Progressive reform is now underpinning the country; Morocco’s transition toward a diverse modern economy is taking root
Morocco’s strong domestic economic landscape and its embrace of free trade has seen the country develop almost unrecognizably in social and political terms over the last 20 years, backed by average economic growth of 4.36 percent since 1999. Thanks to a combination of solid, long-term politics and essential constitutional reform, the country is settling down to a new business climate and entrepreneurial spirit. The country is finding new markets in Europe, the U.S. and the Middle East, while continuing to provide a gateway to its partners in the huge, developing markets of the African continent.
In recognizing equal opportunities, cutting poverty rates by almost 50 percent in the last decade and instituting the Arab world’s most progressive family code reform to raise women’s interests, King Mohammed VI helped Morocco sidestep the worst of the Arab Spring. That paved the way for a new constitution in 2011, with Abdel-Ilah Benkiran brought in as chief of a coalition government in which 17 percent of politicians are now women, up from just one percent at the turn of the century.
“Morocco’s economic growth has averaged 4.36 percent since 1999,Tweet This
and poverty rates have fallen by almost 50 percent in the last decade”
As well as restoring the social equilibrium, Benkiran’s moderate government is determined to stimulate business, encouraging the private sector to invest in promising new sectors to foster entrepreneurialism in all regions, not just the urban centers. Today, it takes just 10 days to set up a business in Morocco compared with the regional average of nearly 19. “I believe that the government should disengage itself from all of the sectors that the private sector or civil society would take better charge of,” says Benkiran, “and refocus the available resources towards the citizens, the sectors and the regions that need them most.”
Since forming his government, Benkiran has been able to proactively shape Morocco’s own destiny thanks to the king’s efforts that he says demonstrate “both the determination to guarantee the stability of our country and the will to respond to the desires of the citizens in terms of widening the democratic space, strengthening justice and reducing inequality.”
Having created 100,000 jobs at the halfway stage alone, the 10-year, $2 billion commitment of the Emergence Plan to boost industrial development came to its conclusion in 2015 having successfully provided the stimulus for new industries to establish themselves.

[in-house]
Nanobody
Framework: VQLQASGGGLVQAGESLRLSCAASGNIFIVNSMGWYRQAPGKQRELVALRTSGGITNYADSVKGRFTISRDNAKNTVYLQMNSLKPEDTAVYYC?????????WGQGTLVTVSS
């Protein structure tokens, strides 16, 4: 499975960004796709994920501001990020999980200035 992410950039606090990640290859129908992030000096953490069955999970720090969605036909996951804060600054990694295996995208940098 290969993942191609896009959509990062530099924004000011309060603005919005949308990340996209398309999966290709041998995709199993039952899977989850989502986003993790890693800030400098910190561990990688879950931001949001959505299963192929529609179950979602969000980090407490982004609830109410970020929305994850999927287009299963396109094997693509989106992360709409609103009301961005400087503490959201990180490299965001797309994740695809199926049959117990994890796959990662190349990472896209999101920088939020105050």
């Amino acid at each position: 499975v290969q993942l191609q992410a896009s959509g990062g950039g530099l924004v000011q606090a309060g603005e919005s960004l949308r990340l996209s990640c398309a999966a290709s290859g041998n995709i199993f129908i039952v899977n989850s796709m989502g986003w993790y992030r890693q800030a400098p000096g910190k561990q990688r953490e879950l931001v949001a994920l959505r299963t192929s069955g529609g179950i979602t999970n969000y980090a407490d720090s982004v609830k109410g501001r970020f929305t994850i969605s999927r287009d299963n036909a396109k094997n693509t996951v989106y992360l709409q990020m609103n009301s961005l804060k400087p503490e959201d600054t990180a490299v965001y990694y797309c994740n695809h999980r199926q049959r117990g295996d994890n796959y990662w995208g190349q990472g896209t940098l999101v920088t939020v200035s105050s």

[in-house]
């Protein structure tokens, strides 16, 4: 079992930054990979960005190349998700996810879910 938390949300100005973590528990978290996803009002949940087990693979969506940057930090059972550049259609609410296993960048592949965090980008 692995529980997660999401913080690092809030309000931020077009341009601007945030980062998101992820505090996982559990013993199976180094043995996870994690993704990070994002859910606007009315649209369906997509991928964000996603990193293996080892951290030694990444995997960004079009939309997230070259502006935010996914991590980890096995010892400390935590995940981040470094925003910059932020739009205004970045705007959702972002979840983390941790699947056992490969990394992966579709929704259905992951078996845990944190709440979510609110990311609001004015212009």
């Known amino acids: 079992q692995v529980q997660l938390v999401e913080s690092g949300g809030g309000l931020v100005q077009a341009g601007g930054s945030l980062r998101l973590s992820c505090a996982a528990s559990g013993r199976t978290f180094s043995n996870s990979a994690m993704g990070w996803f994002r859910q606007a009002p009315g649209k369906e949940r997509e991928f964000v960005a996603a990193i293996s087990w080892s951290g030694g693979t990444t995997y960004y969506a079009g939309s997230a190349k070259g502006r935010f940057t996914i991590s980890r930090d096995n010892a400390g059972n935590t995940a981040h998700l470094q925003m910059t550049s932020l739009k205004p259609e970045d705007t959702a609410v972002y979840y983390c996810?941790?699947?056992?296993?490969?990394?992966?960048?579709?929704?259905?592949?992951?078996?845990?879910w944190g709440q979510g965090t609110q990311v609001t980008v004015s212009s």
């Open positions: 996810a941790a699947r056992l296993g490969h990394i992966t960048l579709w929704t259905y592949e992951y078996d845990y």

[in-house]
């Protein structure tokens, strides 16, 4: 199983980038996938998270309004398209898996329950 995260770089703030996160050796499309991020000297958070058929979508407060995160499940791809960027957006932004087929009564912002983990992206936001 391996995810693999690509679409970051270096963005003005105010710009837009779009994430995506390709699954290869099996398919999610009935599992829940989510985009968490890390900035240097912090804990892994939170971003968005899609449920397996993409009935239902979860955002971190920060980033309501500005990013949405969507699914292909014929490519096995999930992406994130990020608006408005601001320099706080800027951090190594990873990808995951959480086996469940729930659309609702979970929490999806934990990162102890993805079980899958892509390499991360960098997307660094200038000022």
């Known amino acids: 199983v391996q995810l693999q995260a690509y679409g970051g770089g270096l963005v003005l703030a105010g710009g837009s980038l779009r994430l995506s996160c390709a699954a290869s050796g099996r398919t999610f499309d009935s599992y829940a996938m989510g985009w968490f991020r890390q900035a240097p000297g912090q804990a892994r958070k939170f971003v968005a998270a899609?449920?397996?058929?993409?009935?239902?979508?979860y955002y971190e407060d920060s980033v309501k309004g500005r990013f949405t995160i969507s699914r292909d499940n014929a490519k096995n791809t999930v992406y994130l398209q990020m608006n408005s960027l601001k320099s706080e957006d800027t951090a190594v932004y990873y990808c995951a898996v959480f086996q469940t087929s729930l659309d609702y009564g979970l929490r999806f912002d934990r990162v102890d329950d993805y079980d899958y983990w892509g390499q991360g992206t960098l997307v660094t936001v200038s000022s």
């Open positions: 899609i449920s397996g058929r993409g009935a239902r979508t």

Traditional sectors have also flourished, such as the automobile industry, whose exports are set to top $10bn by 2020. Agriculture may still account for 15 percent of the economy and employ 40 percent of the workforce, but it has modernized in tandem with the high-tech aeronautics, pharmaceutical and communications industries. These are contributing to reducing the fiscal deficit and encouraging a boom in foreign direct investment.
A new law governing public-private partnerships, introduced in 2015, has helped facilitate the development of infrastructure projects. This looks set to play a significant role as Morocco looks to resolve its complex energy mix through investment in its largely untapped oil reserves – a charge led by the National Bureau of Petroleum and Mines (ONHYM) – and the development of renewable energy supplies. At the same time, the pharmaceutical sector has been naturally stimulated by the move toward wider adoption of health insurance, helping companies like Laprophan to establish internationally and domestically as the government pursues 80 percent healthcare coverage by 2020.
Nizar Baraka, chairman of Morocco’s Economic, Social and Environmental Council (CESE), puts much of the success down to free trade agreements with the likes of the E.U., U.S., Canada and the Arab League, and the provision of attractive measures to stimulate investment. According to Baraka, the goal is to “consolidate the role of Morocco as an investment and export platform for Africa, Europe, the United States and the Gulf countries.”
Achieving that goal means targeting Morocco’s young workforce. With nearly 20 percent of the population aged 15-24, investing in training and English language skills is part of what Baraka calls “an intense catch-up effort” needed in education, connectivity, welfare and access. Human capital has been identified as a fundamental axis on which growth will hinge, and the Office of Vocational Training and Job Promotion has already laid out a vision to provide women and young people the opportunity not just to contribute to the economy but to innovate within it.